The companies that were doing this at the time were major technical powerhouses: Google, Yahoo!, LinkedIn, etc. Since then, “NoSQL” has effectively come to an end, everyone has realised that the SQL query language is ubiquitous enough that you might as well figure out how to work with SQL. However, the ideas of how to make systems distributed, how to horizontally scale out, and what trade-offs can be made to expose a meaningful product experience on top of significant amounts of data, those things have stayed.
This is also the space that we’ve seen Druid solidify itself inside of. We built Druid initially trying to put vast amounts of data directly into a product experience and those roots have proven themselves out as that is how we see Druid used both in the community and in Imply’s customer base.
Before joining Imply as its Field CTO, you were a Fellow at Splunk. What specific lessons learned there are you able to apply at Imply? What was the most interesting part of working at Splunk?
Splunk has an amazingly successful story about how they were able to take a technology that was ahead of its time, identify use cases that both enabled a community of users around its proprietary product as well as solved real problems in security, and convert that into a repeatable business model.
Before joining Splunk, I had been very focused on R&D, i.e. building things, without as much of an understanding of connecting those things with a larger value proposition. Getting to experience part of Splunk’s story was extremely eye-opening in how technology can be leveraged to do more and greater things.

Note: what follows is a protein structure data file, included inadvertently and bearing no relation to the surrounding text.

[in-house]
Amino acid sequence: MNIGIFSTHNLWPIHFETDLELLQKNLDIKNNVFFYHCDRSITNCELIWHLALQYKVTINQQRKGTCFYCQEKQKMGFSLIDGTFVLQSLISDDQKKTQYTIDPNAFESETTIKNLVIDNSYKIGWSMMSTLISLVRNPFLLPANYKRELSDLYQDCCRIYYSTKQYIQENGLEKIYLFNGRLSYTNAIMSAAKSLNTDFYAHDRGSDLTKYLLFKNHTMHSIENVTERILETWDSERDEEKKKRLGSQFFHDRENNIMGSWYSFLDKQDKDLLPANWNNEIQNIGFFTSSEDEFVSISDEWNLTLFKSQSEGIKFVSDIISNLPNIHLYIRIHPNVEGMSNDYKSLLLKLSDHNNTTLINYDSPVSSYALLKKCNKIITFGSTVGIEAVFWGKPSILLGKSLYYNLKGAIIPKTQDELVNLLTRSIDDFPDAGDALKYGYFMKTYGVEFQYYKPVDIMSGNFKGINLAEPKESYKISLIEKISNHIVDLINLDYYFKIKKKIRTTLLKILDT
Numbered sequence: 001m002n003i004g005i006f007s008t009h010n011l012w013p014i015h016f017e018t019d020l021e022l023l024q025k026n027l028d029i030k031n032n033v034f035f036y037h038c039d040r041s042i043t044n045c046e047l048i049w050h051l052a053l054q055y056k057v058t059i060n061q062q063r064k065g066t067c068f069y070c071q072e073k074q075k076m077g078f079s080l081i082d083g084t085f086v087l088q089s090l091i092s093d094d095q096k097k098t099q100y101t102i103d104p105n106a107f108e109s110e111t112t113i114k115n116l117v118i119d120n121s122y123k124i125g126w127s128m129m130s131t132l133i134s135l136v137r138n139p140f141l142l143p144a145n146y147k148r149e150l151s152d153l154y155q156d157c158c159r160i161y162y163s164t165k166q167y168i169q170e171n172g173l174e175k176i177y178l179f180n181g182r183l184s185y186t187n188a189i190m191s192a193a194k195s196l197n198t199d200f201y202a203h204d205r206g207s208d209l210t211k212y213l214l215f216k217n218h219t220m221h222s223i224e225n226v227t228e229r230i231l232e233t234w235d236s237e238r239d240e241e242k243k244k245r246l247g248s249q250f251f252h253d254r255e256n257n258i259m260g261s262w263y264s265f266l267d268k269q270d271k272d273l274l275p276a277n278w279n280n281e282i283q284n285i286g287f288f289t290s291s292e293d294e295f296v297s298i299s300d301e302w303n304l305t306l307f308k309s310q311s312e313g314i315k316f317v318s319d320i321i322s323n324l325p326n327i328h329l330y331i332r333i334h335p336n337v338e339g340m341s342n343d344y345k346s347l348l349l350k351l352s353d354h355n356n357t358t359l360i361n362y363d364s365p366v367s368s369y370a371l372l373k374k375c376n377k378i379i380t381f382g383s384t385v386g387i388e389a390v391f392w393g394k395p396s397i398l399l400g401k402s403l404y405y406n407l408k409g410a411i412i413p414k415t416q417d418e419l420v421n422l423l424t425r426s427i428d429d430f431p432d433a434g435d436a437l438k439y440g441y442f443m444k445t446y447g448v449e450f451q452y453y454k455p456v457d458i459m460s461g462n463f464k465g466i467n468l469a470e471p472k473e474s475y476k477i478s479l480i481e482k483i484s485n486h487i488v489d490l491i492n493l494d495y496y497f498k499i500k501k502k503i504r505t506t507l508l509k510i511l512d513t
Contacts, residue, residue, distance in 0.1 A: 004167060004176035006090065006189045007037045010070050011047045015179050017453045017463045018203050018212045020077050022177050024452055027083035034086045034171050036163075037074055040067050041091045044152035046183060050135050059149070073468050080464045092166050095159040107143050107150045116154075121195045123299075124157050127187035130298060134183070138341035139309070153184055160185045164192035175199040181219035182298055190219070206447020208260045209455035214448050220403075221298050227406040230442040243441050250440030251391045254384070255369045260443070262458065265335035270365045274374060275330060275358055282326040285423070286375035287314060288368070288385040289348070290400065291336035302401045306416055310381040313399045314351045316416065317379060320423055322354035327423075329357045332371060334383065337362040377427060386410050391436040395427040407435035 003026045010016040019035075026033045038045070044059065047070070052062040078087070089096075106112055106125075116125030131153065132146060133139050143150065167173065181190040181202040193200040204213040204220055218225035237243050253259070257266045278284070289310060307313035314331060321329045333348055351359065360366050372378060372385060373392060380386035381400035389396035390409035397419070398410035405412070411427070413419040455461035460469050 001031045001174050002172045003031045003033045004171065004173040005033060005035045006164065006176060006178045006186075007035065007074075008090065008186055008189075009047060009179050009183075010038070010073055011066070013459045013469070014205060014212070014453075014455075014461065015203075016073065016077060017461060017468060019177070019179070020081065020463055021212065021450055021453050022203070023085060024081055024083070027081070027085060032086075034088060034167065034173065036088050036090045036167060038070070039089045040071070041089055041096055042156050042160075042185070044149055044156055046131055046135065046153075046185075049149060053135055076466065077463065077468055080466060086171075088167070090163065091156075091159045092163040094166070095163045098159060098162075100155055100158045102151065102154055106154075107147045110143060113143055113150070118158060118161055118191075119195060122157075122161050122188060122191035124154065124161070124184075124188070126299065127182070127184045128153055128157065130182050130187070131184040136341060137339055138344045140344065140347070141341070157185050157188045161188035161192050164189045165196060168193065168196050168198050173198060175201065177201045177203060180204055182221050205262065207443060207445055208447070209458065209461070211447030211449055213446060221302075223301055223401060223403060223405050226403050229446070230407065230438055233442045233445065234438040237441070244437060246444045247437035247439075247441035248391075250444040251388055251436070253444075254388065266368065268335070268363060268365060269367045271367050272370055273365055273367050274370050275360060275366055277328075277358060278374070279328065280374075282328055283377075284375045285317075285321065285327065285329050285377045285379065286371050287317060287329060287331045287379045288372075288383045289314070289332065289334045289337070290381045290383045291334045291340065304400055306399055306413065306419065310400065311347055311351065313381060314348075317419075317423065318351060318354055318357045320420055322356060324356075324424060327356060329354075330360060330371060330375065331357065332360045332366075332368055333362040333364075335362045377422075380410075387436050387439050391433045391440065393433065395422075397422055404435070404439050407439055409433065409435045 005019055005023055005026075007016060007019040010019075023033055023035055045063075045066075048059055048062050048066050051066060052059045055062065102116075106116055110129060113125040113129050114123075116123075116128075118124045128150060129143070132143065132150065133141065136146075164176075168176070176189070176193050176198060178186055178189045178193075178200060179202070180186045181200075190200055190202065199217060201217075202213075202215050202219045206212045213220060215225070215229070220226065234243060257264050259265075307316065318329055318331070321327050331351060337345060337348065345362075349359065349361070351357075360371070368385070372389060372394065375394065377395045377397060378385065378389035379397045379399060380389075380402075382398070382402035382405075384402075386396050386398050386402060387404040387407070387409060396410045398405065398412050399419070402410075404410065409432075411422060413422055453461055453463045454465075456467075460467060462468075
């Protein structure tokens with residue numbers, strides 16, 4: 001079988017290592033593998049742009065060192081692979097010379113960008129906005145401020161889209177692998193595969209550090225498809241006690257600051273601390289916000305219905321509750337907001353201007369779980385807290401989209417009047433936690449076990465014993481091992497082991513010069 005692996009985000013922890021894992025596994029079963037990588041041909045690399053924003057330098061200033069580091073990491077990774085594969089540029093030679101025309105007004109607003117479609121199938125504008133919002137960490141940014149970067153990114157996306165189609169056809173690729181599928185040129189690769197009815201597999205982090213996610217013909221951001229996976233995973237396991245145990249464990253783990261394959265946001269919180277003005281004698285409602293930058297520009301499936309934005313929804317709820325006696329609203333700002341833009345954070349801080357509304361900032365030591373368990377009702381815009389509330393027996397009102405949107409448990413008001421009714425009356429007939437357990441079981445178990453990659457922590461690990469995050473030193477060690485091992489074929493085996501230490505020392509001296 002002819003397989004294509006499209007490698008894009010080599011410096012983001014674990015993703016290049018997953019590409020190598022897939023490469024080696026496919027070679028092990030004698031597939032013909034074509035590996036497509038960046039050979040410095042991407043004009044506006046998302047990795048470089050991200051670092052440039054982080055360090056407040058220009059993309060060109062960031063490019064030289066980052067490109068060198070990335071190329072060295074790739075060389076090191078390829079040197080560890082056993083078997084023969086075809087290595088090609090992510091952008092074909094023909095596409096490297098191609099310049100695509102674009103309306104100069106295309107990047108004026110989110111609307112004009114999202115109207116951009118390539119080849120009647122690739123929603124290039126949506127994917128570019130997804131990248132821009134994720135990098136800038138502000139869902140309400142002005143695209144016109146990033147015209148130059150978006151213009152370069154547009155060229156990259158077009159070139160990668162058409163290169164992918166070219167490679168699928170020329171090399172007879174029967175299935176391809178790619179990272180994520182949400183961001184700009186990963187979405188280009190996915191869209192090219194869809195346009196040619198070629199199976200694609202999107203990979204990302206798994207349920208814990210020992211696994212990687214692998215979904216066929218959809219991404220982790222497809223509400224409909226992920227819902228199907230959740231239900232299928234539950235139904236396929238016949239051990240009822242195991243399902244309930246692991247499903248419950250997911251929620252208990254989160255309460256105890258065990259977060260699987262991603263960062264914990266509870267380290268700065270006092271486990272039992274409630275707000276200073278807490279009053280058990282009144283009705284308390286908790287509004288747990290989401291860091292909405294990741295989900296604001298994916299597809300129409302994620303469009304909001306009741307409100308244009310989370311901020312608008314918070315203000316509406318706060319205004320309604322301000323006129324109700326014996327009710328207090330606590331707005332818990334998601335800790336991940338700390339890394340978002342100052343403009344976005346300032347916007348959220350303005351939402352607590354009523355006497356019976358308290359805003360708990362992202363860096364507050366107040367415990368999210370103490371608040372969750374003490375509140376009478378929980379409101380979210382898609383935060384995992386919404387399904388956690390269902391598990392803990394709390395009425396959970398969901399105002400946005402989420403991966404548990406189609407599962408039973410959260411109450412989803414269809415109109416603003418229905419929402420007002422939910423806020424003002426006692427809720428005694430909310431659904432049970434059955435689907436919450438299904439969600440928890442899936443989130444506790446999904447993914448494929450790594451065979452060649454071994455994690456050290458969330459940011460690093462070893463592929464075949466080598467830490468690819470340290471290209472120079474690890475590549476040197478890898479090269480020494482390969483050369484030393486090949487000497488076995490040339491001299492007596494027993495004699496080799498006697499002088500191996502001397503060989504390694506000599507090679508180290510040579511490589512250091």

This taught me very clearly that the best relationship with a customer is one where you are aligned on delivering the same value proposition. If that alignment doesn’t exist, nobody is happy. In the end, this translates into my role at Imply, where I ensure that we are focusing on the final customer value proposition and that we validate our fit with our customers to ensure that we have a positive long-term relationship.
What predictions do you foresee in the databases and analytics sectors for the next five years? How will emerging technologies like 5G, AI, and ML affect their evolution?
Starting with a 10-year time horizon, I believe that we will see convergence in the analytics sectors around 3 main pillars:
- Data warehouses
- Data applications
That convergence might start five years from now, two years from now, or tomorrow, that I don’t know; but in 10 years, the data powerhouses will combine all of these capabilities together into a uniform package.
I don’t expect emerging technologies like 5G, AI or ML to disrupt the data infrastructure market. Specifically, 5G just means more data, AI and ML are things you do on top of data infrastructure, once you already have the data available.
If anything, I think that 5G disrupts the connectivity space, and AI/ML will disrupt the actual application space, where the needs of these technologies will push people more and more towards data infrastructure that can handle the increasing data volumes and power the AI/ML necessary for their products.
What are some of the most exciting tech developments that Imply is working on? What emerging technologies do you plan to adopt?
We’ve been heads down on not just one, but two major product initiatives. We recently announced Project Shapeshift, a one-year initiative to redefine Apache Druid and the experience for developers. While 1000s of companies are already using Druid, our goal is to greatly expand what Druid can do and make it easier for more developers to get the power of it without having to be an expert.
We made two recent announcements:
- First, the introduction of a multi-stage query engine that extends Druid’s architecture beyond interactivity into reporting and alerts on a single database;
- Second, the availability of Imply Polaris, the cloud database service built from Apache Druid.
Together, these developers show how Imply is delivering the most developer-friendly and most capable database for analytics applications.